AFRICA, Article, Politics
Nigeria: Voters Apathy Rising In South-East Despite marginalization claims
In Nigeria’s south-east, calls for boycotting of next year’s general election by secessionist movements alongside other factors are fueling voter’s apathy; a situation many feared is inimical to the region’s quest of shooting itself into its rightful place in the country after decades of alleged marginalization.
Nigeria’s much-anticipated 2019 general election is almost here. Hopes are blossoming as politicians are already doing the usual: Crisscrossing the country to market their candidacy to the electorates with head-spinning promises of creating a paradise if voted.
While the forthcoming elections may be garnering momentum, some stakeholders in the South-Eastern part of the country, predominantly dominated by the Igbos, are increasingly becoming worried over the fate of the region and the Igbo nation.
A major cause of concern for many is the ballooning voter’s apathy in the region, with many seemingly indifferent to a collection of their Permanent Voters Cards- the most vital element to determine voter’s eligibility during the elections.
This is happening despite growing claims in some quarters that the region is being marginalized and sidelined from strategic positions in the country, a situation that largely fueled the Biafra war and has refused to die down, decades after.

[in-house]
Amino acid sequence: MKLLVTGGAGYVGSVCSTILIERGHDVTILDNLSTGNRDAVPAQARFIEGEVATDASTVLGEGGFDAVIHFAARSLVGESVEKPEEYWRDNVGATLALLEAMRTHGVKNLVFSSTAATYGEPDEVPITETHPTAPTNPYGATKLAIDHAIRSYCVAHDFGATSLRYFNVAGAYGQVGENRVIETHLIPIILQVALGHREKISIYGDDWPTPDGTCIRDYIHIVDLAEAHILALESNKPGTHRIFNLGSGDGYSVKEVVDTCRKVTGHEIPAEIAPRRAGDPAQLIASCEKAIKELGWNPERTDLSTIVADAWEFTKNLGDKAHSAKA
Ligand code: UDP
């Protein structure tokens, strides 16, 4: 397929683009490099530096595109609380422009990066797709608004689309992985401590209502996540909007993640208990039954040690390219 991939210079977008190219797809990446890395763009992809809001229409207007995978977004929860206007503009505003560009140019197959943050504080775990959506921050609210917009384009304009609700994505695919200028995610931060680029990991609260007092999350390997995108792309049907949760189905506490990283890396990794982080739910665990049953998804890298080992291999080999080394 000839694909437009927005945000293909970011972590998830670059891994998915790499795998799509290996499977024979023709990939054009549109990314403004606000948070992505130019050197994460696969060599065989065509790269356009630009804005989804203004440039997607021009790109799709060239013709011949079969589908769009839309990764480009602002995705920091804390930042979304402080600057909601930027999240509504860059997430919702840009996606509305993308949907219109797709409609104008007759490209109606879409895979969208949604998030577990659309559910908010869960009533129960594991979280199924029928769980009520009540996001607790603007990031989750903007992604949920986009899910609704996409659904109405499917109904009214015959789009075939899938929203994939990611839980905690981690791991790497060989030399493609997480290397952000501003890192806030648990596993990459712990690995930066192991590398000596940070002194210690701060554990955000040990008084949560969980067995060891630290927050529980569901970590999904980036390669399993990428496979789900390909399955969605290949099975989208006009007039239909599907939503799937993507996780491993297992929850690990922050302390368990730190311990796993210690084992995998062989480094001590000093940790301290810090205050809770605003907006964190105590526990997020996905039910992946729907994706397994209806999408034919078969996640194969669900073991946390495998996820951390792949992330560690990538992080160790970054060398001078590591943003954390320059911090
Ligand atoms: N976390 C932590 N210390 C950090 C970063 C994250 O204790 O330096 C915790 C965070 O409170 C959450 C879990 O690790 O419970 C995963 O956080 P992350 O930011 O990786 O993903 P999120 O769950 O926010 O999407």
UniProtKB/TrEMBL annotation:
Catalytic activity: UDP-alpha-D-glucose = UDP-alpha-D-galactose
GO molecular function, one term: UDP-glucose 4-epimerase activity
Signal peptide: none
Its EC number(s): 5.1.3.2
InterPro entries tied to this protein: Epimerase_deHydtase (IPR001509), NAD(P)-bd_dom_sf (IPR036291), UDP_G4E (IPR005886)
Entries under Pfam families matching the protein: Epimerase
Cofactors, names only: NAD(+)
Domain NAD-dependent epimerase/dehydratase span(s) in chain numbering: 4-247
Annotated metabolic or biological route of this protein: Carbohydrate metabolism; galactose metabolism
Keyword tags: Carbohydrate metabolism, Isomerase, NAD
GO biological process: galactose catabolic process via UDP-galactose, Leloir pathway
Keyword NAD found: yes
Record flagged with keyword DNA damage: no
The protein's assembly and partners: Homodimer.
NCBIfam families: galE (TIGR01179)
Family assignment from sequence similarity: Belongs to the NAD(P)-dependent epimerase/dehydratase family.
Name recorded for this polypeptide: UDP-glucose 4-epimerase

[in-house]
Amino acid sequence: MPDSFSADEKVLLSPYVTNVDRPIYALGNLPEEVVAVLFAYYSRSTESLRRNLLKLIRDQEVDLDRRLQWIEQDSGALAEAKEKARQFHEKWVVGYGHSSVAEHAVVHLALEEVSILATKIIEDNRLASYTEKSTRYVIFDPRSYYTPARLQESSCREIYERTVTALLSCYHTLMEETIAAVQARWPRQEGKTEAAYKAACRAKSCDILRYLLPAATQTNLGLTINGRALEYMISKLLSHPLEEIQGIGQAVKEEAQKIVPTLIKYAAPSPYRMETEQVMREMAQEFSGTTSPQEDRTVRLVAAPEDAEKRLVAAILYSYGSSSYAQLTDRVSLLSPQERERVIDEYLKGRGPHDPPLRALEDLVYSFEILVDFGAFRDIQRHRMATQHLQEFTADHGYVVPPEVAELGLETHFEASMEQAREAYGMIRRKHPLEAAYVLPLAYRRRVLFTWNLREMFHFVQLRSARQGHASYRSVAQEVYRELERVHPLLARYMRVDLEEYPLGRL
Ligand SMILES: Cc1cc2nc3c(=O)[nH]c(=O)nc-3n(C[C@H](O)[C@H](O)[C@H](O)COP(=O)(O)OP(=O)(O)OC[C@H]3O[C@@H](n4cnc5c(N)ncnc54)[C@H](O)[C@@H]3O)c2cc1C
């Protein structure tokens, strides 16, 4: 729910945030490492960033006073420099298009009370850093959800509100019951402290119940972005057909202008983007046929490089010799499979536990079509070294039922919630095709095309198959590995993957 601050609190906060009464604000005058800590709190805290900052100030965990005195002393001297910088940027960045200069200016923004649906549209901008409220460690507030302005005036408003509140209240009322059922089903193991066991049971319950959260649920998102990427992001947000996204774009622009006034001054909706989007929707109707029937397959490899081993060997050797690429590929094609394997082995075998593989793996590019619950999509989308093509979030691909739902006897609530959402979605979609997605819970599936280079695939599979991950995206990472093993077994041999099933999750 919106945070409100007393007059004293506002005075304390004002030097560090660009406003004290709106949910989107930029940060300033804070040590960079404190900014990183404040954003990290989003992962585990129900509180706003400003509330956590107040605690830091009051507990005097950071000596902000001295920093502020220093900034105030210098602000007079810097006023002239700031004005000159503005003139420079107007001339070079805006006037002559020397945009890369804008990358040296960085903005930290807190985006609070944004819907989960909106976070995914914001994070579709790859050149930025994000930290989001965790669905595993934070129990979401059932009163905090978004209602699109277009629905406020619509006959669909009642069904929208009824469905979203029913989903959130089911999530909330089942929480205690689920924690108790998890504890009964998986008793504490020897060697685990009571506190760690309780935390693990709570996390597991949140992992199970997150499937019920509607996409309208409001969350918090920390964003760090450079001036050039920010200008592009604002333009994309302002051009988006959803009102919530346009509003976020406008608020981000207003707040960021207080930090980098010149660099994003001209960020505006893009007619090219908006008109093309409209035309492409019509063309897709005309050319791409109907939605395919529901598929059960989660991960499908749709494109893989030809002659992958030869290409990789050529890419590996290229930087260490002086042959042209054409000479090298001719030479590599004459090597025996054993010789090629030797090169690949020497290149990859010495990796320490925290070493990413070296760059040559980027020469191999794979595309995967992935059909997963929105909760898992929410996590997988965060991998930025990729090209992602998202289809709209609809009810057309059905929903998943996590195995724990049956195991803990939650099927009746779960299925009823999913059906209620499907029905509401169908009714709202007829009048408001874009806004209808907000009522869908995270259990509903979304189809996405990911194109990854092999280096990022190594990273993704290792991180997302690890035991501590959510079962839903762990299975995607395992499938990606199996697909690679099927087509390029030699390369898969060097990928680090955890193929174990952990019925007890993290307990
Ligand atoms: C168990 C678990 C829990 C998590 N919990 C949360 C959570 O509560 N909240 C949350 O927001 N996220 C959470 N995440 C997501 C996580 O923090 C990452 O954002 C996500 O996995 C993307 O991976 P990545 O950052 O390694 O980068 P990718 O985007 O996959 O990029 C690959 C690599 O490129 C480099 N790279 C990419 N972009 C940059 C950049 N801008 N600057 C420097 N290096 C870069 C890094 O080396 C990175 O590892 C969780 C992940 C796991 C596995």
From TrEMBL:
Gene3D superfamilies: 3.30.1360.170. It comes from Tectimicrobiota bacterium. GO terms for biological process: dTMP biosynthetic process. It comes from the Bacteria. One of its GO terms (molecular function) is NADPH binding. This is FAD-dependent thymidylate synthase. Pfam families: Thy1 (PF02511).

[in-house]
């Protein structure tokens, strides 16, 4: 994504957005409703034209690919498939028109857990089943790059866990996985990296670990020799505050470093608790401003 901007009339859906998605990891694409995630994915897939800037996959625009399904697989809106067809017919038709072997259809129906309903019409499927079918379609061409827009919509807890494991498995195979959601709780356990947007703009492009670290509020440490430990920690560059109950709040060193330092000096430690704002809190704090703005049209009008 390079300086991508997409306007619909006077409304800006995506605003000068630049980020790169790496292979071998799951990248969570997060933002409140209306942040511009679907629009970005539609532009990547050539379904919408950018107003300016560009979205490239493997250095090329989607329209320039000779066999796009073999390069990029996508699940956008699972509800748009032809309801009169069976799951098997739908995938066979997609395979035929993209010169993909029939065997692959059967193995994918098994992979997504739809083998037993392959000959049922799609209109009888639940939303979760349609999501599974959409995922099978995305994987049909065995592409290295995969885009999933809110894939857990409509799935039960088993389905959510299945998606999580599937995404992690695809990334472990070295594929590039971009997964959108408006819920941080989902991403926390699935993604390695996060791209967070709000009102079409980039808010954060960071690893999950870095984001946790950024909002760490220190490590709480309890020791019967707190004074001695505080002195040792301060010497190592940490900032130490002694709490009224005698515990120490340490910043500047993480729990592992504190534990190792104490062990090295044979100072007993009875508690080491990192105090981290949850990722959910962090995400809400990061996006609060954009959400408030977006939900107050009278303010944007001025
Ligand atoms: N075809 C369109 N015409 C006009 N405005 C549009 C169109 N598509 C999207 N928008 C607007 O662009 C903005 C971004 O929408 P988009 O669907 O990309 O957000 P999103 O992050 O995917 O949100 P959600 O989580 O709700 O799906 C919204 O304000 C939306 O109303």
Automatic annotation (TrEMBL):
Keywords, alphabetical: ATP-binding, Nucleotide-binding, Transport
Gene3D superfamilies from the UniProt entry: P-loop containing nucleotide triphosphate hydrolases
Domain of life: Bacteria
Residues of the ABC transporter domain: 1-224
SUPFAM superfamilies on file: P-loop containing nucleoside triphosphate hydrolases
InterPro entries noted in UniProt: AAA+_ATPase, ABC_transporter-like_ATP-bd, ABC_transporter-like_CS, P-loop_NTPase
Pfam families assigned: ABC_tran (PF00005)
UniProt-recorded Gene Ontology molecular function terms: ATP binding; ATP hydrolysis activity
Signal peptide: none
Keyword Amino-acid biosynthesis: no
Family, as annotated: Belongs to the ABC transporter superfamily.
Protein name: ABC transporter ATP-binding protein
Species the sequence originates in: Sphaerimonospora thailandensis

According to the Independent National Electoral Commission (INEC), Nigeria’s had voter population of 84,271,832 as at September 2018. While disclosing this at a regular meeting with Resident Electoral Commissioners in Abuja, the nation’s capital, INEC Chairman, Prof. Mahood Yakubu, had explained how the figure was arrived at.
In his analysis, 14.5 million Nigerians registered between April 27, 2017, when the Continuous Voter Registration began and August 31, 2018, when the exercise ended. This was then added to the 69,720,350 persons that were registered in 2015, totaling 84, 271,832.
“As you are aware, the commission concluded the current phase of the nationwide CVR exercise last week. For a period of 16 months, the exercise was conducted continuously in all the states of the federation and the Federal Capital Territory as envisaged by the Electoral Act.
“At the end of the exercise, a total of 14,551,482 new voters were registered. If this figure is added to the existing register of 69,720,350 voters, it means that the nation now has a voter population of 84,271,832,” the INEC boss had said.
Yakubu, had, however, dropped a caveat while making the disclosure, hinting that the number of registered voters might drop after its weeding out exercise geared towards detecting double registration and illegal registrants had been conducted.
“Although the figure may drop slightly after we run the Automatic Fingerprint Identification System, the current figure represents about 21 percent increase on the existing register,” he had added.
Critically, the statistics revealed by INEC are nothing to be excited about. According to the National Population Commission (NPC), Nigeria has a population of 200 million and is predicted to become the world’s most populated country by 2050.